NHS England has opened its first clinic dedicated to treating psychosis caused by smoking cannabis.
Based at the Maudsley Hospital in London, it is already overwhelmed by referrals for treatment.
Research published by the University of Bath in 2020 shows the potency of cannabis has increased over the past 50 years and the drug is becoming progressively worse in its effects.
Former user Ad Gridley suffered severe, long-term psychological effects, including hearing voices and paranoia, through his cannabis addiction.
Gridley attempted to take his life on six occasions and was admitted to an acute psychiatric ward multiple times before he finally saw dope as “the enemy” and the cause of his psychosis.
Along with other addicts, Gridley has been helped by the cannabis clinic. Oli, 25, is “rebuilding” his mind after requiring hospital treatment for numerous psychotic episodes.
Another patient, who had similarly been in and out of psychiatric units with psychosis, said: “There was a point when it was, like, oh, it’s only a joint, it’s not too bad — and 16 years later I’ve only just put it down.”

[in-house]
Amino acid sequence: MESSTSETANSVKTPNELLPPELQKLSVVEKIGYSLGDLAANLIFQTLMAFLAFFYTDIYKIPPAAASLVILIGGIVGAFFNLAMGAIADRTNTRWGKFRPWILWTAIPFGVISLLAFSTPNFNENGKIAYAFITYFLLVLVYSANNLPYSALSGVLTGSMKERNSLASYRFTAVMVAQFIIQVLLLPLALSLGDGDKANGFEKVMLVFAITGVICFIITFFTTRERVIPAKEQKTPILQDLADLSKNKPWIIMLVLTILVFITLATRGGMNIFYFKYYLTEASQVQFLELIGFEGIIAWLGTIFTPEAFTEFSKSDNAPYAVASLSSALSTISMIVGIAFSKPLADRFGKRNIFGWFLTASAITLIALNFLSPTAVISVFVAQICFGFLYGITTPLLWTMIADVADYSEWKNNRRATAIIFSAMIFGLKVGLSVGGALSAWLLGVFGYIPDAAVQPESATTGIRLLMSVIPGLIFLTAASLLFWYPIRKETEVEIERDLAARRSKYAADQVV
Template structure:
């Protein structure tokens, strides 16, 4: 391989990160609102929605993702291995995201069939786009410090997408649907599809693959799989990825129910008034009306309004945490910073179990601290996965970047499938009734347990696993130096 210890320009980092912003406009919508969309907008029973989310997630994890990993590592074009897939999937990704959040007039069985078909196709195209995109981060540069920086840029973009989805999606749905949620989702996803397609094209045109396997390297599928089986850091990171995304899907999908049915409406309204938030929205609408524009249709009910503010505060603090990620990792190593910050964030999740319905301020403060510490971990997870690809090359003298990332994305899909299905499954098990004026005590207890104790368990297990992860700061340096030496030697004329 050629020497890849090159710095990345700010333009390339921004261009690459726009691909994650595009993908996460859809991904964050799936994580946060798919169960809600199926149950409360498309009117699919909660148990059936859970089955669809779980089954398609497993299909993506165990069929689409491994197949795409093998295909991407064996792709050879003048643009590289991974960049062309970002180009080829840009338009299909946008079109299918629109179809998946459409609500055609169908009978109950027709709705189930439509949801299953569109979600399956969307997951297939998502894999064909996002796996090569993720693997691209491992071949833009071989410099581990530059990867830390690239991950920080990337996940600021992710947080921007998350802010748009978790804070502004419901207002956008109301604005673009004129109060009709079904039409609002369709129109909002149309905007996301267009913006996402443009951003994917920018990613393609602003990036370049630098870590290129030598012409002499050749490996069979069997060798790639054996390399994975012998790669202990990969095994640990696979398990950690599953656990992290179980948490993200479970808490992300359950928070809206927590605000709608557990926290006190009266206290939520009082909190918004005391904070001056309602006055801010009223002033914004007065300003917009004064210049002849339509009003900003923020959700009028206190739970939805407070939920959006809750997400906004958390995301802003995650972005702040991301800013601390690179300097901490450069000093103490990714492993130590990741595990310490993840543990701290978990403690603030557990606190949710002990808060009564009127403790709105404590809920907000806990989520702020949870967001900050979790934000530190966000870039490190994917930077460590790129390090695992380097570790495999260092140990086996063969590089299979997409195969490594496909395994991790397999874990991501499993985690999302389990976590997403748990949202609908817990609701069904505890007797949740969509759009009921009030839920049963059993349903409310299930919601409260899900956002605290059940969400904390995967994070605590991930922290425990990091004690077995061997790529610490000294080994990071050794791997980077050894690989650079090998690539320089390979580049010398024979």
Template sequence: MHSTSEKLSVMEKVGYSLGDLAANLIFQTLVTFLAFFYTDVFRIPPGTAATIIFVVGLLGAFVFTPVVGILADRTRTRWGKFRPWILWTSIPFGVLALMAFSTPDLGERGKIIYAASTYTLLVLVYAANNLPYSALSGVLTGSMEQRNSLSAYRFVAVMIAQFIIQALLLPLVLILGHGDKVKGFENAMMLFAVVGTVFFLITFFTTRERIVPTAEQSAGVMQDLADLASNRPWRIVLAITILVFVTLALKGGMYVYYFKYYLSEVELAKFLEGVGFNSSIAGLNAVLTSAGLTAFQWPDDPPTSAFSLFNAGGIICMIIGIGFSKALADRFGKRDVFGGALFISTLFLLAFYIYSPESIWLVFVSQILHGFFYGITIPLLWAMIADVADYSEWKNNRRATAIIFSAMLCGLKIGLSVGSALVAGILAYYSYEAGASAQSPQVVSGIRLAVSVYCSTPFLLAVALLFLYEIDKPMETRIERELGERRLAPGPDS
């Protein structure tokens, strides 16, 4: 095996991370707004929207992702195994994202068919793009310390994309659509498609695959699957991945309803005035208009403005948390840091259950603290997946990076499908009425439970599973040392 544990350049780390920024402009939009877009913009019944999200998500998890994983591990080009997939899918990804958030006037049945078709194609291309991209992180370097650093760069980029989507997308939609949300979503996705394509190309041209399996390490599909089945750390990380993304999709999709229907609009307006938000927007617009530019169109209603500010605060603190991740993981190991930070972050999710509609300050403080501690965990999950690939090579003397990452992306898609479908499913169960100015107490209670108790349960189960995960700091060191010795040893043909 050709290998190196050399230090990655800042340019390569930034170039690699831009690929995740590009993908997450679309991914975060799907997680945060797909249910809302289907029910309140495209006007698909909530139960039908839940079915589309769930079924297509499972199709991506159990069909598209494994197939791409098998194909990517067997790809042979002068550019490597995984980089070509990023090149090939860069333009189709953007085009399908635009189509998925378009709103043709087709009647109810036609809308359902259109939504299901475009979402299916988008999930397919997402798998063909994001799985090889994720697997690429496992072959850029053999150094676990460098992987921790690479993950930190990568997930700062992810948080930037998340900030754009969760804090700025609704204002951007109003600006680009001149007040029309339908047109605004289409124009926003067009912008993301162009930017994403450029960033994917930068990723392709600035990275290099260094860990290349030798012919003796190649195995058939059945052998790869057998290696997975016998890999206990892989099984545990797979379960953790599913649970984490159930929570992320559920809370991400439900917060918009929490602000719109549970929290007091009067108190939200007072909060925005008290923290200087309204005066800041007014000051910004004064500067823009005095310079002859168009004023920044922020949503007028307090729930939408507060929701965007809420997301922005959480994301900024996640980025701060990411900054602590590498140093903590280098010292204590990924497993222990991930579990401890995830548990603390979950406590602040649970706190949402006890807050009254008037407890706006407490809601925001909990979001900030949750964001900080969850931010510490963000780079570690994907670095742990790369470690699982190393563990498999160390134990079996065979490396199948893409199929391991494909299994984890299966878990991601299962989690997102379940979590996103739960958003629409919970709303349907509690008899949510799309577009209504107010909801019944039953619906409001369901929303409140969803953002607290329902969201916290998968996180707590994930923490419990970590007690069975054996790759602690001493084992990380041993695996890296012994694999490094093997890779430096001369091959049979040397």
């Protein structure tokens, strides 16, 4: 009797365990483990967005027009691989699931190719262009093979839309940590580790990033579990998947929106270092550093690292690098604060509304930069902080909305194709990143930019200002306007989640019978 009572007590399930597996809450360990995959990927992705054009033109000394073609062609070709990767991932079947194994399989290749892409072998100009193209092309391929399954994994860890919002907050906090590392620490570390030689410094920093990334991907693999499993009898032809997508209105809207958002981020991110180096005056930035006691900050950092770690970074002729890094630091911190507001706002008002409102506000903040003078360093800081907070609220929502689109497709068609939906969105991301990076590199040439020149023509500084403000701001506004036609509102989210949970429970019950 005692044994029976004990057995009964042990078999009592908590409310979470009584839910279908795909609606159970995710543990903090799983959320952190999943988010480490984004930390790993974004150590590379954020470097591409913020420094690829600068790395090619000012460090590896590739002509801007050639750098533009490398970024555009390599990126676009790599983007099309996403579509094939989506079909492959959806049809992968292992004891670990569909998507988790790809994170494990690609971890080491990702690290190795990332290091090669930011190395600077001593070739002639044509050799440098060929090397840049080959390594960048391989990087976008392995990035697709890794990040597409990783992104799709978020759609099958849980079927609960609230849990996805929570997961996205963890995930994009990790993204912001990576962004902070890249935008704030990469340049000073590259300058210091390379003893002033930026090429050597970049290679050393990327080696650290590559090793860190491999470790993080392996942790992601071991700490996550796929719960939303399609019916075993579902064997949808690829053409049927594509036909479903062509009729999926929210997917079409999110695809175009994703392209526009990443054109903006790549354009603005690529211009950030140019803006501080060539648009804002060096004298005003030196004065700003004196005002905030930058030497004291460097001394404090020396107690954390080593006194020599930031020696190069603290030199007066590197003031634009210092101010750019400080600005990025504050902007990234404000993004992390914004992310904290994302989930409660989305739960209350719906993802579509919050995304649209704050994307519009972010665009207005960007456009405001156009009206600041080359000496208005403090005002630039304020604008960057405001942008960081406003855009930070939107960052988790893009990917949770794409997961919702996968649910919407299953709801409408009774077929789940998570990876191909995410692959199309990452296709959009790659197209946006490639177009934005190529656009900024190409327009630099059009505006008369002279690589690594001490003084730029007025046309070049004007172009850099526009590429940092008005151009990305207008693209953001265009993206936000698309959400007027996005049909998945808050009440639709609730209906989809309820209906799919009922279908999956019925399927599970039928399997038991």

Dr Marta Di Forti, a member of the team from King’s College London which oversees the clinic, told The Times there is a “clear” and “evidenced link” between cannabis and psychosis.
clear and evidenced link between cannabis and psychosis
She said: “Young adults with psychosis who continue to use high-potency cannabis report more severe psychotic symptoms, they are more likely to relapse and more likely to be readmitted to hospital — and for longer.”
Dr Di Forti added: “It has never happened to date that one of the people in the clinic has said, ‘Now I’ve stopped using cannabis, I still don’t think it had anything to do with my psychosis.’
“In the end, they realise the connection.”